Start With A Simple Question

According to Michael Bungay Stanier, author of The Coaching Habit, says being curious involves asking questions – and they don’t have to be complicated ones. Start with, “And what else?”
Yes, its hardly the probing, introspective coaching question you expect. But it works really well.
It is based on the understanding that the first answer someone gives is never their only answer, and rarely their best. Far too many of us spring into action before we’ve uncovered the truth. We don’t probe a little further to dig beyond their half-baked thought or the first thing that comes to their minds. “And what else?” Allows us to push a little deeper.
This question works so well because it’s a self-management tool. You know you have an ingrained habit of leaping in with advice, solutions, opinions, and ideas. We all do. “And what else?” Is one of the most effective ways of taming your inner advice monster and staying curious a little bit longer.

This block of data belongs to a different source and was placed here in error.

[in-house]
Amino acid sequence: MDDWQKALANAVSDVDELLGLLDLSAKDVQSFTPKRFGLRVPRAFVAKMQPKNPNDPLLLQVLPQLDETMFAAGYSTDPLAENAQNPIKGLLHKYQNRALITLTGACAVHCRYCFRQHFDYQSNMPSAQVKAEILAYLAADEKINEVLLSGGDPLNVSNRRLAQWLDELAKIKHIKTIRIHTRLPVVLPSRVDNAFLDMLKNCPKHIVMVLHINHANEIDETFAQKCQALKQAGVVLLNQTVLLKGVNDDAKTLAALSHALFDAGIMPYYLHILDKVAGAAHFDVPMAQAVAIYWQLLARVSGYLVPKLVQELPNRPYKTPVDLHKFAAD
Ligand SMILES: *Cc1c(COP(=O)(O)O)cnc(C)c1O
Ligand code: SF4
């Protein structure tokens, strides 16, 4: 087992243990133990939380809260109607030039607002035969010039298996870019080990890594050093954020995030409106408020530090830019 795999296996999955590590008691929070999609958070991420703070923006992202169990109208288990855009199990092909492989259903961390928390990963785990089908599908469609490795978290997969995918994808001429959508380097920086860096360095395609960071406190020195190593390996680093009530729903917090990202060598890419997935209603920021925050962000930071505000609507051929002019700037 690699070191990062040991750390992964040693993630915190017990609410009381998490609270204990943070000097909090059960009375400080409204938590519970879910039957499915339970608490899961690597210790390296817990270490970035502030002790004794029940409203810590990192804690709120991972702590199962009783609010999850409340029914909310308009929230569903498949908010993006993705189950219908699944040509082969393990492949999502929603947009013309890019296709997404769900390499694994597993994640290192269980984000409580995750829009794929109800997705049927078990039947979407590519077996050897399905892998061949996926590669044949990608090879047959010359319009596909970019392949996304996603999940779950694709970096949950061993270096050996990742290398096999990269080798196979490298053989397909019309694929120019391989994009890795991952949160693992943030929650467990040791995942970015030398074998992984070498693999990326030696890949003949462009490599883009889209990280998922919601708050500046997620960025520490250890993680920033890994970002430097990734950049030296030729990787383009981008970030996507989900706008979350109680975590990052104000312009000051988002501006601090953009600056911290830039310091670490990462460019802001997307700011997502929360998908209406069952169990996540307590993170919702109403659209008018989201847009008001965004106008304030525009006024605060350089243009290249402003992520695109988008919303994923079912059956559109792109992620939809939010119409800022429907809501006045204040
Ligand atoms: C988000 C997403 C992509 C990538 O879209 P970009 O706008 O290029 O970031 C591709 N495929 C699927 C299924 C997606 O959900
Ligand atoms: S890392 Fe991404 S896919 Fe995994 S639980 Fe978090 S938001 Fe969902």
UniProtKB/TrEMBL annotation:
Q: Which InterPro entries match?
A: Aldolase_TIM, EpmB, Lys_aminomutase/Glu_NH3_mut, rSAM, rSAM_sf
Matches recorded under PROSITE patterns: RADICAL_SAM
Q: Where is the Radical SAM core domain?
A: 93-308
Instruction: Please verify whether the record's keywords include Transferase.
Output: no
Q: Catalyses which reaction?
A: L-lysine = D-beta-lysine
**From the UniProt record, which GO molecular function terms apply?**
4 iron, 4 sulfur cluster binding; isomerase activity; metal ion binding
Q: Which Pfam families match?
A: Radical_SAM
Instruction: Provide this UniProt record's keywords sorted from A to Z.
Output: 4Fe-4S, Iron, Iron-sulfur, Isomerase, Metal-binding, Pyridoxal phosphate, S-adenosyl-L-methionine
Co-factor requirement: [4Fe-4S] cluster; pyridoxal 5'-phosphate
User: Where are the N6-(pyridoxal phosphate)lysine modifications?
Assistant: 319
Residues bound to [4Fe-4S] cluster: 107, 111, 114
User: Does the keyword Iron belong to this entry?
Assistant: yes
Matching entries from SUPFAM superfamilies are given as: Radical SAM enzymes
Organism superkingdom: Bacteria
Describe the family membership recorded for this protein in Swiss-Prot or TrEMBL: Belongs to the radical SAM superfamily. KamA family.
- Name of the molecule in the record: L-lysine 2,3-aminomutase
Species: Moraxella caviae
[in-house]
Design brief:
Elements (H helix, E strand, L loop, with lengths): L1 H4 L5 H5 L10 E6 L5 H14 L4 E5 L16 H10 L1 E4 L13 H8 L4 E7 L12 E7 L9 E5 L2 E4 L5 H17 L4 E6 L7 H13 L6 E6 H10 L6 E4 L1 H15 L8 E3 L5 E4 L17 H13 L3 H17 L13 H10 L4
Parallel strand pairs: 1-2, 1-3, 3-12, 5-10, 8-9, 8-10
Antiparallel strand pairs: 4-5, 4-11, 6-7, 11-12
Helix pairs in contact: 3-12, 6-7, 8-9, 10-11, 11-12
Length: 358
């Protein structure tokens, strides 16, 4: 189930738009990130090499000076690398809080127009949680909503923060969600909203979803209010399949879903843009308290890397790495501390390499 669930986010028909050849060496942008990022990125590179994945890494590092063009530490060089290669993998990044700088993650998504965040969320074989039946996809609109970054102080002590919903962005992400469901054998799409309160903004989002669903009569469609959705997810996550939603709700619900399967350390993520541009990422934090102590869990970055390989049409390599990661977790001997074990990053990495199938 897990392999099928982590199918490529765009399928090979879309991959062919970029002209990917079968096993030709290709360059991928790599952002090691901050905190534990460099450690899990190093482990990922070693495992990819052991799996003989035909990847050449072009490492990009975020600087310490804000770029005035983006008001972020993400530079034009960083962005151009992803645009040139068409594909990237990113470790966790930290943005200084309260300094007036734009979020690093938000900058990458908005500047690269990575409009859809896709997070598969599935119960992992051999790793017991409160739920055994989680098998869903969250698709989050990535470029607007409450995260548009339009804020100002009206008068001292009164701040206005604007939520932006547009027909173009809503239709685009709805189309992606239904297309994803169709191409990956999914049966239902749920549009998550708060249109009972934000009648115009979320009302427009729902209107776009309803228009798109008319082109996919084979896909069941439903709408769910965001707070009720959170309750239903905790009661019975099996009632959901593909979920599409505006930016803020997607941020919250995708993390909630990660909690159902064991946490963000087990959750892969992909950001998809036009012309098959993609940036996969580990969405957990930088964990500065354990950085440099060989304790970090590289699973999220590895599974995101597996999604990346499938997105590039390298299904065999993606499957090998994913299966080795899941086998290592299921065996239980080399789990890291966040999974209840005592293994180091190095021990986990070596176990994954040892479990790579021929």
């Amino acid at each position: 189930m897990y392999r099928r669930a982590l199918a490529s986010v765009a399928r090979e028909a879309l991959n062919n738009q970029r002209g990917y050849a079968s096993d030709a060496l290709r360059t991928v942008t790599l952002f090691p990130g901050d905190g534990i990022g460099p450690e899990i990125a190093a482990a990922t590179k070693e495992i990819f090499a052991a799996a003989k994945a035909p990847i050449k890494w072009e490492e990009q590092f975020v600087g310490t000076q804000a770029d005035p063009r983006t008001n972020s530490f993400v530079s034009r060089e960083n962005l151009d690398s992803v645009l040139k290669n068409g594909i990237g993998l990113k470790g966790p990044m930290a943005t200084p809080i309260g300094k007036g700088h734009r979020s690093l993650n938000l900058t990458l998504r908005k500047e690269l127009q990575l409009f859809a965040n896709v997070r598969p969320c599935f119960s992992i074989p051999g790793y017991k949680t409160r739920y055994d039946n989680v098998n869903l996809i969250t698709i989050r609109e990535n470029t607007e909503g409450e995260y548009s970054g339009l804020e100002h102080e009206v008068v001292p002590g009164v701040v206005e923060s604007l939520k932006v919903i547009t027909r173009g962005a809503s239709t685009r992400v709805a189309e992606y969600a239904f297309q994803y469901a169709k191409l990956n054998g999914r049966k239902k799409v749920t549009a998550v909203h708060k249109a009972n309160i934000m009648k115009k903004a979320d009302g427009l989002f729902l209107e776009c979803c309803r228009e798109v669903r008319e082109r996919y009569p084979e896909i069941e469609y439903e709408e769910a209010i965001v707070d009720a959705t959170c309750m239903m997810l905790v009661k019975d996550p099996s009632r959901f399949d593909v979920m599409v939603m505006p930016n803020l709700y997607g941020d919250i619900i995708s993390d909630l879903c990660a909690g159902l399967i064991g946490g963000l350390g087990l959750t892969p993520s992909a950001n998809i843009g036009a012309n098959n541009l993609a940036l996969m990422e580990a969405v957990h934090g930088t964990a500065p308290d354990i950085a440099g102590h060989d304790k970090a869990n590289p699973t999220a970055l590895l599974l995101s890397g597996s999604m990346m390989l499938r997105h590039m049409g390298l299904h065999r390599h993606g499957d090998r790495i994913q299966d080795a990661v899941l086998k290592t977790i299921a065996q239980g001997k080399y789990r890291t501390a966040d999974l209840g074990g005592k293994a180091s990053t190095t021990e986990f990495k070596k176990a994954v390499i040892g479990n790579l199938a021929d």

This question is powerful because its almost always usable. You can generally get more bang for your buck by following up with “And what else?”
Of course, tone matters. You can ask this question from a place of boredom, frustration, disinterest, or disdain, and it’s unlikely to be effective. But when you ask from a place of genuine curiosity, the other person won’t even register that its a question. They might not even click that you’ve asked this before.
If you feel like you need to move things forward or end the conversation, ask them, “is there anything else?” This indicates that you’re prepared to end the discussion, but you’re giving room for anything important that they might still want to bring up. It’s an emotionally intelligent way to send a signal that you’re about to close the conversation.
Coaching is an essential leadership behaviour. Curiosity is the driving force in being more coach-like. Questions fuel curiosity. If you’re looking for just one question to add right now to your leadership repertoire, “And what else?” Might be it. Remember as a leader, educator or manager, your job is not to have all the answers-but to guide your employees to come up with the right ones.

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